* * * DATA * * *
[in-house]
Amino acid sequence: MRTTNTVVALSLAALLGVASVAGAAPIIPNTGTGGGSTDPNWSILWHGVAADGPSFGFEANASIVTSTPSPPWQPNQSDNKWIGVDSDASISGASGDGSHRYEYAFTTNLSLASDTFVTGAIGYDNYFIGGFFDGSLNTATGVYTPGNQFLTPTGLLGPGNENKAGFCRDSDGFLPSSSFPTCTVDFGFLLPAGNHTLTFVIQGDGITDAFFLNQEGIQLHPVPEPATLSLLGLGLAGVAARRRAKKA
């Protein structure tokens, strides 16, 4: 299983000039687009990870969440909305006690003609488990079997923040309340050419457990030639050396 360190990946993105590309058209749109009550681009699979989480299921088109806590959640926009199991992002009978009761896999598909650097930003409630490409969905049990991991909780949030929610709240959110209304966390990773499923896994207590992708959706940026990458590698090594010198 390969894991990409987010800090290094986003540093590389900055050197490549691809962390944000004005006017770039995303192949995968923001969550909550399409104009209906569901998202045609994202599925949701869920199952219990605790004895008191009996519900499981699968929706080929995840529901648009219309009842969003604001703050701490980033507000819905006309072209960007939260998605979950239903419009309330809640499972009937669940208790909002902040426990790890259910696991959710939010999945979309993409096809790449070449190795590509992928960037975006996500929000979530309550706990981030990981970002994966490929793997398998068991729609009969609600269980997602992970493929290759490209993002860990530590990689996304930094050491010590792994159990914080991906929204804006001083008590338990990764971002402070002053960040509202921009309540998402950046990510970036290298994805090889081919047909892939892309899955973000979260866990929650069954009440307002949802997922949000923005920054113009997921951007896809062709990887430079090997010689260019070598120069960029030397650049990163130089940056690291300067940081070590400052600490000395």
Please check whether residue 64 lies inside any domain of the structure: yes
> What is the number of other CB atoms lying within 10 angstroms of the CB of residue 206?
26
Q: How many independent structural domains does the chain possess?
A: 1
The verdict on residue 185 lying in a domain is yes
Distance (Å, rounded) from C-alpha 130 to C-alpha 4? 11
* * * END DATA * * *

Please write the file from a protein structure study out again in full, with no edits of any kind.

[in-house]
Amino acid sequence: MRTTNTVVALSLAALLGVASVAGAAPIIPNTGTGGGSTDPNWSILWHGVAADGPSFGFEANASIVTSTPSPPWQPNQSDNKWIGVDSDASISGASGDGSHRYEYAFTTNLSLASDTFVTGAIGYDNYFIGGFFDGSLNTATGVYTPGNQFLTPTGLLGPGNENKAGFCRDSDGFLPSSSFPTCTVDFGFLLPAGNHTLTFVIQGDGITDAFFLNQEGIQLHPVPEPATLSLLGLGLAGVAARRRAKKA
């Protein structure tokens, strides 16, 4: 299983000039687009990870969440909305006690003609488990079997923040309340050419457990030639050396 360190990946993105590309058209749109009550681009699979989480299921088109806590959640926009199991992002009978009761896999598909650097930003409630490409969905049990991991909780949030929610709240959110209304966390990773499923896994207590992708959706940026990458590698090594010198 390969894991990409987010800090290094986003540093590389900055050197490549691809962390944000004005006017770039995303192949995968923001969550909550399409104009209906569901998202045609994202599925949701869920199952219990605790004895008191009996519900499981699968929706080929995840529901648009219309009842969003604001703050701490980033507000819905006309072209960007939260998605979950239903419009309330809640499972009937669940208790909002902040426990790890259910696991959710939010999945979309993409096809790449070449190795590509992928960037975006996500929000979530309550706990981030990981970002994966490929793997398998068991729609009969609600269980997602992970493929290759490209993002860990530590990689996304930094050491010590792994159990914080991906929204804006001083008590338990990764971002402070002053960040509202921009309540998402950046990510970036290298994805090889081919047909892939892309899955973000979260866990929650069954009440307002949802997922949000923005920054113009997921951007896809062709990887430079090997010689260019070598120069960029030397650049990163130089940056690291300067940081070590400052600490000395």
Please check whether residue 64 lies inside any domain of the structure: yes
> What is the number of other CB atoms lying within 10 angstroms of the CB of residue 206?
26
Q: How many independent structural domains does the chain possess?
A: 1
The verdict on residue 185 lying in a domain is yes
Distance (Å, rounded) from C-alpha 130 to C-alpha 4? 11